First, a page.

Bench press

A pack of well-heeled lawyers calls for the head of mercurial Dallas Judge John Marshall

There could be no spin, however, to explain such ethical lapses as the mints. The little rolls of mint wafers Marshall popped into his mouth, one by one, during what stretched on to be two two-hour interviews. At the end, he offered his visitor a bunch of rolls from a dish on his console table. Packaged in red, white, and blue paper, they read, "Re-elect Judge Marshall."

It might not be covered in any college honor code, but state penal code section 39.02 prohibits elected officials from using their offices or time for non-state purposes. Bill Moss, an attorney with the Texas Ethics Commission, says he's pretty sure that includes a judge electioneering in his office with a bowl full of mints.

Mark Graham
Judge John Marshall explains why he's teed off so many lawyers: If you've been around as long as he has, the grudges pile up.
Mark Graham
Judge John Marshall explains why he's teed off so many lawyers: If you've been around as long as he has, the grudges pile up.

Ask Marshall's camp why he's facing such a fight this spring, and they mention two words: Fred Baron.

"Marshall has never been a friend to the big defense firms," says Bickel. "But this year you add to the mix his high-profile scuffle with the largest plaintiffs' firm in town, and the forces converge."

As early as last spring, Baron was casting about, looking for a candidate to back. "I talked to half a dozen people. We were looking for any candidate we could get who would be qualified to run against John Marshall, no doubt," he says. "It's a major sacrifice, giving up a lucrative practice to take a bench."

Among them was Mary Murphy, who started out as a paralegal, went to SMU law school, graduated at the top of her class, and landed a job at Jenkens & Gilchrist. A few years ago, she took a year off to work as a volunteer civil court master, handling all the stuff the judges hate -- discovery disputes and the like. She did it to prove to the county commissioners that hiring court masters would help grease the wheels of the court system.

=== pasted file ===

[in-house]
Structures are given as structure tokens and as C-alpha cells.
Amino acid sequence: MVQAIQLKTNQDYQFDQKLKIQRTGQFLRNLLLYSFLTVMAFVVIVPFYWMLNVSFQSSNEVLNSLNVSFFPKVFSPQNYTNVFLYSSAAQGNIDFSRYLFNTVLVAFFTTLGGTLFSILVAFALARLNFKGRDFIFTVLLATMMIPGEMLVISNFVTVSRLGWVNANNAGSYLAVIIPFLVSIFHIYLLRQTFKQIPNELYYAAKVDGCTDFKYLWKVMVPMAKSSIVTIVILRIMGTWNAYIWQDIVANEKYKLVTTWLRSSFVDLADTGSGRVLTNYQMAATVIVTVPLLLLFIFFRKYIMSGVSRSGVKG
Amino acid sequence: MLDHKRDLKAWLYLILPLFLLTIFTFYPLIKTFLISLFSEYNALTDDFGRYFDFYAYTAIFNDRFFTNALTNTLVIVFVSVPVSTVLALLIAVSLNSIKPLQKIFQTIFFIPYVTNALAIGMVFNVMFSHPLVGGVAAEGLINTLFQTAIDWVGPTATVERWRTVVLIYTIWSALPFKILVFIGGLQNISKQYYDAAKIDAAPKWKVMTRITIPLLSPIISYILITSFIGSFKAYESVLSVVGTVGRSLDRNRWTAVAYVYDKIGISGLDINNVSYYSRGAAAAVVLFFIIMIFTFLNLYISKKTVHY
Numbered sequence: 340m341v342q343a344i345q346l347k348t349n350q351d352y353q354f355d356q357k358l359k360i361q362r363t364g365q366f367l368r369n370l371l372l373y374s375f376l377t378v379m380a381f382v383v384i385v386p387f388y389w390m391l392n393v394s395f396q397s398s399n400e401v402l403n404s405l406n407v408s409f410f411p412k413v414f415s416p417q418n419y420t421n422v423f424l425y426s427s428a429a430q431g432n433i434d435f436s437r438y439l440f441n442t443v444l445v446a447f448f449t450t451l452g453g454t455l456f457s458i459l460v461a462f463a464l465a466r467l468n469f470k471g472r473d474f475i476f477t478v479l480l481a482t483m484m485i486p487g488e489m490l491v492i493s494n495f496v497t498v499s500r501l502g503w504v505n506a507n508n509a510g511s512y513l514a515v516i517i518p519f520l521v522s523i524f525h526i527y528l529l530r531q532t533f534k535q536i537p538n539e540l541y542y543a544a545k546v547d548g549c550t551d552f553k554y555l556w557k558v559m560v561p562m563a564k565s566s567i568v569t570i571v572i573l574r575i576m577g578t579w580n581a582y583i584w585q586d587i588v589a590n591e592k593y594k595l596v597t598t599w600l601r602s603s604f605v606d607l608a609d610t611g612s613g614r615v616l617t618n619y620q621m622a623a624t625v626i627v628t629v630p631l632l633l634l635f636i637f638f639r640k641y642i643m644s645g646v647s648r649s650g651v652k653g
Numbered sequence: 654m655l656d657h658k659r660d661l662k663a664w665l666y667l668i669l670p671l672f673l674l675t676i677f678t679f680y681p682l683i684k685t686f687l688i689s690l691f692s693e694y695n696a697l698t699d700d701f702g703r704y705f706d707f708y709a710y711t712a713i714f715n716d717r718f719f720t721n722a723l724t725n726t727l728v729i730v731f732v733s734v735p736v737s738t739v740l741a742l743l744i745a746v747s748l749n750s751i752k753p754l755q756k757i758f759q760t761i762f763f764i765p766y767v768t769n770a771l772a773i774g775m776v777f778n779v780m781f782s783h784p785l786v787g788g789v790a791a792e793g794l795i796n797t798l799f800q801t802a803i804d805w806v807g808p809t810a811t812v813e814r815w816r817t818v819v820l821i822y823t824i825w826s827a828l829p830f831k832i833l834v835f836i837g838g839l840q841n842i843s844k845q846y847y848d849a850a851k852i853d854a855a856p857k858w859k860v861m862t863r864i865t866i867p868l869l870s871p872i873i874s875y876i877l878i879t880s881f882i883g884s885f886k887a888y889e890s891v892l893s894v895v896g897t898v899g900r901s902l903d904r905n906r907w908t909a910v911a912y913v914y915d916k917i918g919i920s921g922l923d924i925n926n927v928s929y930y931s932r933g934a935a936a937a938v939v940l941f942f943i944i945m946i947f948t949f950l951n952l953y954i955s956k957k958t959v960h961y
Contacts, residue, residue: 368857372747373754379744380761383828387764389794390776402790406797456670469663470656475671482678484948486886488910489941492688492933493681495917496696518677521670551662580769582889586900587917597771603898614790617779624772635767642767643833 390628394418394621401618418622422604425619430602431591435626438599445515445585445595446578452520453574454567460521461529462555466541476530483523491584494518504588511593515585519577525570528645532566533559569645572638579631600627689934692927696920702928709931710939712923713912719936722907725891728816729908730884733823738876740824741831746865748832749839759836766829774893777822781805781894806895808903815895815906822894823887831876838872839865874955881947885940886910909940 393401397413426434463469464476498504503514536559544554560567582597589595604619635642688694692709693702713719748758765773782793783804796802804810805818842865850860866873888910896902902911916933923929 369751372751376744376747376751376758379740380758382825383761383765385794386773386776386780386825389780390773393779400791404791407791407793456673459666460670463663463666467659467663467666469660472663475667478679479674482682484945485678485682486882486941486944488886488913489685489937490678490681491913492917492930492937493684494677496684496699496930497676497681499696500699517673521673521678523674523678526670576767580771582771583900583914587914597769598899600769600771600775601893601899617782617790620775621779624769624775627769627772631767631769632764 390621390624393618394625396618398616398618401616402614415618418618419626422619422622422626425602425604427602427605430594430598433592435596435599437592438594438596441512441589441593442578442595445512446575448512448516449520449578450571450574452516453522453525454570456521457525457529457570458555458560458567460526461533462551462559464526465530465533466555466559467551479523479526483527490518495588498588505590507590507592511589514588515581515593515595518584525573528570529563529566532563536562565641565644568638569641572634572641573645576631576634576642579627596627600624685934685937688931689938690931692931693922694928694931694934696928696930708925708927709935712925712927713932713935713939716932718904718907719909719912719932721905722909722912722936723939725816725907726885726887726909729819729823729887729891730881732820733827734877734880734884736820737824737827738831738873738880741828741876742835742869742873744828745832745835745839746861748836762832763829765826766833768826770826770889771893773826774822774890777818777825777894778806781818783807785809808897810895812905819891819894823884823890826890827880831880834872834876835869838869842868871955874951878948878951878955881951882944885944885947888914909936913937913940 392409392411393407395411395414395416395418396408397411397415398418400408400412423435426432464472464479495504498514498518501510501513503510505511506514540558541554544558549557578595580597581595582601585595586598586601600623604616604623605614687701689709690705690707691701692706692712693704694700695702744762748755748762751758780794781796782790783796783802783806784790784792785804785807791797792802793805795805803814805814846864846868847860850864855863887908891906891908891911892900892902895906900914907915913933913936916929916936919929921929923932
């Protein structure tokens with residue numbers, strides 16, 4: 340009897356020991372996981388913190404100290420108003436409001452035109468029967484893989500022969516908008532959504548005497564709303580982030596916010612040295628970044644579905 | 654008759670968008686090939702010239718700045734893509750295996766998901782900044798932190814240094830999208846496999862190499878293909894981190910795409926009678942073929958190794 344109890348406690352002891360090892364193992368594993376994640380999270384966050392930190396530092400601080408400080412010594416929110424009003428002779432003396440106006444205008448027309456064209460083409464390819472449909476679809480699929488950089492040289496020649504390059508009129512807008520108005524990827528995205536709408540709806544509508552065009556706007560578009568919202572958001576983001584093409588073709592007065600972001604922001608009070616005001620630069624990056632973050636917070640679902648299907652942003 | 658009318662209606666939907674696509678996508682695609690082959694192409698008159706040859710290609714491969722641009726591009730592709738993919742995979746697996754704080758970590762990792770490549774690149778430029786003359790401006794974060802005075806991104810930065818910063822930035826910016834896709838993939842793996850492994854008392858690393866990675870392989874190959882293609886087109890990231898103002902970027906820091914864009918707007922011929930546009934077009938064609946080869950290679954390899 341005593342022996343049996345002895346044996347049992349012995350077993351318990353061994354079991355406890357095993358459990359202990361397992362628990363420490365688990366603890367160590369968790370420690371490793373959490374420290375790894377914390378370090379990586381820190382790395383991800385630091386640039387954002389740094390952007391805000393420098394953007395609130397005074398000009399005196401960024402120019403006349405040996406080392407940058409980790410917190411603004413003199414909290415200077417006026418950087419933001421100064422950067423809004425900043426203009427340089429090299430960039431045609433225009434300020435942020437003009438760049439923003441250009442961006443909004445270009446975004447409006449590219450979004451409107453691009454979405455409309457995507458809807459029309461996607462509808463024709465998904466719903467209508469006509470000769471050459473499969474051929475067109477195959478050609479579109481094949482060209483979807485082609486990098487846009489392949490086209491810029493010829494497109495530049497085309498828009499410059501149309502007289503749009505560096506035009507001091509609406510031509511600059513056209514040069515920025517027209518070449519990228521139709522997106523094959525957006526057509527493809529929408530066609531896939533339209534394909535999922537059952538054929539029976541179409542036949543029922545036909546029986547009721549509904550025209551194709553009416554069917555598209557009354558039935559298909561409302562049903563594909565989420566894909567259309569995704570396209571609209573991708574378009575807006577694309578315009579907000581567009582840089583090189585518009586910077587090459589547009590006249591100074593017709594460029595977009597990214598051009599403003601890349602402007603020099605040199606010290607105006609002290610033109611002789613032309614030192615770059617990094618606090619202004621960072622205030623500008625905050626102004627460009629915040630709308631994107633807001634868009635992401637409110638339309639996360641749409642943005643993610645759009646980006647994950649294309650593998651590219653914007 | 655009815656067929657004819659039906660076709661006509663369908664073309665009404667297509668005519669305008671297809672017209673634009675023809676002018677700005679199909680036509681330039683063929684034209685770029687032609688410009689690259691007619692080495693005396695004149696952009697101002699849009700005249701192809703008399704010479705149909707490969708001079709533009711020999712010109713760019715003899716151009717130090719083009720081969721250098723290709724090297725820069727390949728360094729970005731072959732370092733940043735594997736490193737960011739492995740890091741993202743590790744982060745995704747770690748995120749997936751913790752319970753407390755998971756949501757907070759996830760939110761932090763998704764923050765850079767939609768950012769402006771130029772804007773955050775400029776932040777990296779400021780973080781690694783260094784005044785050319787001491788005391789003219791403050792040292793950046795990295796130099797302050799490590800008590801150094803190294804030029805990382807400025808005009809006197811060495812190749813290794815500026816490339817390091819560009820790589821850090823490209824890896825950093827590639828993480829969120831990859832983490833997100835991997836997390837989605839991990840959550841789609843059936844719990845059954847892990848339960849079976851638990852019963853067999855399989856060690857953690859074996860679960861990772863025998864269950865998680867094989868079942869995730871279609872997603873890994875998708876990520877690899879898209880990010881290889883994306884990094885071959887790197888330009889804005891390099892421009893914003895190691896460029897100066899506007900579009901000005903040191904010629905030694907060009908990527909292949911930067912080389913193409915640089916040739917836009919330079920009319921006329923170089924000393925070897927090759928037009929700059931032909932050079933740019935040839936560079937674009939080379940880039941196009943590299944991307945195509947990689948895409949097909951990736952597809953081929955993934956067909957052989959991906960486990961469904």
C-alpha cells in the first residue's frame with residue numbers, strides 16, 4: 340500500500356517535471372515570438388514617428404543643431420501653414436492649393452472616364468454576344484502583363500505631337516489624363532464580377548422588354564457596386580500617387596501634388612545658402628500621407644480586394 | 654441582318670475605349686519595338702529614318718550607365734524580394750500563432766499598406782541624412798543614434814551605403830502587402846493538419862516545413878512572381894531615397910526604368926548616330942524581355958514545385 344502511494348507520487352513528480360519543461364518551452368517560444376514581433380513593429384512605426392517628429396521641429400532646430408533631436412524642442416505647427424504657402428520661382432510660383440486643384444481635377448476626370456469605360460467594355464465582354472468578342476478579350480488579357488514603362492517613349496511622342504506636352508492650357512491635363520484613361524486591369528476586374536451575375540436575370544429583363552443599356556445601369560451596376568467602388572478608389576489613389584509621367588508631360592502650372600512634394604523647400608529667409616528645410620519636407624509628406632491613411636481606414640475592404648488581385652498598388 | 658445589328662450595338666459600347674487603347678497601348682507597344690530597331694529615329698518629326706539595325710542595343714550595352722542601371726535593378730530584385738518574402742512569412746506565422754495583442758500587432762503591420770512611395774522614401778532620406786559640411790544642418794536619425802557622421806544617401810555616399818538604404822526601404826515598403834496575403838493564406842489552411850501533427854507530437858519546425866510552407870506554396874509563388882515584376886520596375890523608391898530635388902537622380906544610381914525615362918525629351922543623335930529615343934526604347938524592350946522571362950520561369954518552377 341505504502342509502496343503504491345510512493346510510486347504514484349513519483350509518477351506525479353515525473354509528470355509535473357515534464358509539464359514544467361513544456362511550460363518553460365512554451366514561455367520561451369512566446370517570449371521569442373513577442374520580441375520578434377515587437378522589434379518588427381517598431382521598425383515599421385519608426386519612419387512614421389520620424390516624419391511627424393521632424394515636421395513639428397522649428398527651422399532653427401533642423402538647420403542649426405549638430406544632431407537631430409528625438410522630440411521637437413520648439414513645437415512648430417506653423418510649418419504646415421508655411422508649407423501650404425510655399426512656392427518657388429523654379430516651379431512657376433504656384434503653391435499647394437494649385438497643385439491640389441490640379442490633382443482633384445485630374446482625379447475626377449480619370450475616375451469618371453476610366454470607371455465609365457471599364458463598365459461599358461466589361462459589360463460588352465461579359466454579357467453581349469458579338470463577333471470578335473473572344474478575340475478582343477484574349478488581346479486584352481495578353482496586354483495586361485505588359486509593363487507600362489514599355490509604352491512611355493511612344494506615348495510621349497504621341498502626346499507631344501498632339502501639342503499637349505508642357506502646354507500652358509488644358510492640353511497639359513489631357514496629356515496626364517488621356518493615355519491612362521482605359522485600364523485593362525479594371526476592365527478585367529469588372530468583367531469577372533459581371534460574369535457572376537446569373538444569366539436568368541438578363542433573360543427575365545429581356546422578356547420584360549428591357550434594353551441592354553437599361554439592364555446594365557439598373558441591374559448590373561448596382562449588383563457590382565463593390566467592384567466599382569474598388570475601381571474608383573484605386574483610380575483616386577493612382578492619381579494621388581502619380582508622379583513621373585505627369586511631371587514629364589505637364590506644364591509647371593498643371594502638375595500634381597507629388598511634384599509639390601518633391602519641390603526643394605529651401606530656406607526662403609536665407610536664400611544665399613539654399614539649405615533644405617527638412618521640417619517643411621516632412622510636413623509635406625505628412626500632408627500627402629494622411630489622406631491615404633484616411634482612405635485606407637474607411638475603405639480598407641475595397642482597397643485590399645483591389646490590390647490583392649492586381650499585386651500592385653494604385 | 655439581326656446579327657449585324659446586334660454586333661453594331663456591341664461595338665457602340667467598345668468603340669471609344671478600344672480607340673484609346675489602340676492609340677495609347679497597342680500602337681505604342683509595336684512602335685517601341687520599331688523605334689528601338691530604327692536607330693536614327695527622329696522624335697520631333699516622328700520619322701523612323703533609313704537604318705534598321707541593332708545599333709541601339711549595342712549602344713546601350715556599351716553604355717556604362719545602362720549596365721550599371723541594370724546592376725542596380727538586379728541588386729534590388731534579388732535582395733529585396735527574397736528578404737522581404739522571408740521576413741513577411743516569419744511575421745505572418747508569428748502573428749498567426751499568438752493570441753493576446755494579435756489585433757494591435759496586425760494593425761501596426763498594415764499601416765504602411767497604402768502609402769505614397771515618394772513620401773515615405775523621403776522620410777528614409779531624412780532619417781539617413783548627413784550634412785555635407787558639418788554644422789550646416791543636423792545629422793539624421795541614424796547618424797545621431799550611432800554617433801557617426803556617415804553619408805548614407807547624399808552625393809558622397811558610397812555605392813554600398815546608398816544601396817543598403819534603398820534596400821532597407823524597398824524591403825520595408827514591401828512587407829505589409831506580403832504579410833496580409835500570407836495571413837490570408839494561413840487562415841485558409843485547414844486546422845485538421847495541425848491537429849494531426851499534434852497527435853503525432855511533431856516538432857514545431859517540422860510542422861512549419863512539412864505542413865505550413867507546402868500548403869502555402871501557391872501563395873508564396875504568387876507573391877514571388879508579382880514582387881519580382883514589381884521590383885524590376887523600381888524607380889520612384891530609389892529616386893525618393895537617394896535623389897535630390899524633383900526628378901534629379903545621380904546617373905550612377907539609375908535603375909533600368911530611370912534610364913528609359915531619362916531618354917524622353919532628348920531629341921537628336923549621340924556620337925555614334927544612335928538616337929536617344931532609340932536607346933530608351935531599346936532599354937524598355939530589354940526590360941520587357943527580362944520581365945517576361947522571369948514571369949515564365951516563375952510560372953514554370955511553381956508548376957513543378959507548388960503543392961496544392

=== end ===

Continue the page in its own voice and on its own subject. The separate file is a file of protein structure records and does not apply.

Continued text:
Murphy acknowledges that Baron tried to recruit her but says she only made her decision when other lawyers asked her to run. Those circumstances have Marshall's camp characterizing Murphy as "the one Baron & Budd picked to run" -- a phrase that particularly agitates Baron. "I have never seen a campaign run with more inappropriate innuendo, to use a mild term. I had nothing to do with getting Mary Murphy to run. That's a lie, a complete and absolute lie," he says. Of course, once she was in the contest, his firm was near the front of the line of contributors with a $5,000 donation -- the maximum allowed by state law.

As a former partner in a big defense firm who is married to Greg Huffman, also a lawyer in a big establishment firm, Murphy doesn't appear on the surface to be a candidate hand-picked by any plaintiffs' lawyer.

Still, Mayes sees another link. Despite listing on her résumé memberships in the Dallas County Republican Party, Park Cities Republican Women, and Dallas Republican Career Women, Murphy was a solid Democrat only four years ago. In 1996, during President Clinton's reelection campaign, she gave $1,000 to the Democratic National Committee.

"We welcome her to the party," says Mayes. "But from her voting record and contribution record, she's a true blue Democrat."

Although party loyalty issues have little to do with the real forces behind this election -- a revolt of some big-money lawyers -- it could have more effect at the polls, where all the voters will be GOP.

As for Murphy, she says she's running because of what is truly wrong with Marshall's court. "The [Bar polls] accurately reflect the problems in this court," she says. "He defends his 50 percent approval rating by saying he's been there a long time and the people who are opposed to him have lost in his court. That explanation only works if you're ruling for the same 50 percent all the time. I am running because I want to stop judicial activism and the ignoring of the law."

Marshall says that's not his style at all. "I don't call it judicial activism," he says. "I would say I'm someone willing to make decisions and not punt. Judicial activism is anything but Pontius Pilate. I'm not going to wash my hands."

Former Dallas Observer staff writer Ann Zimmerman contributed to this report.

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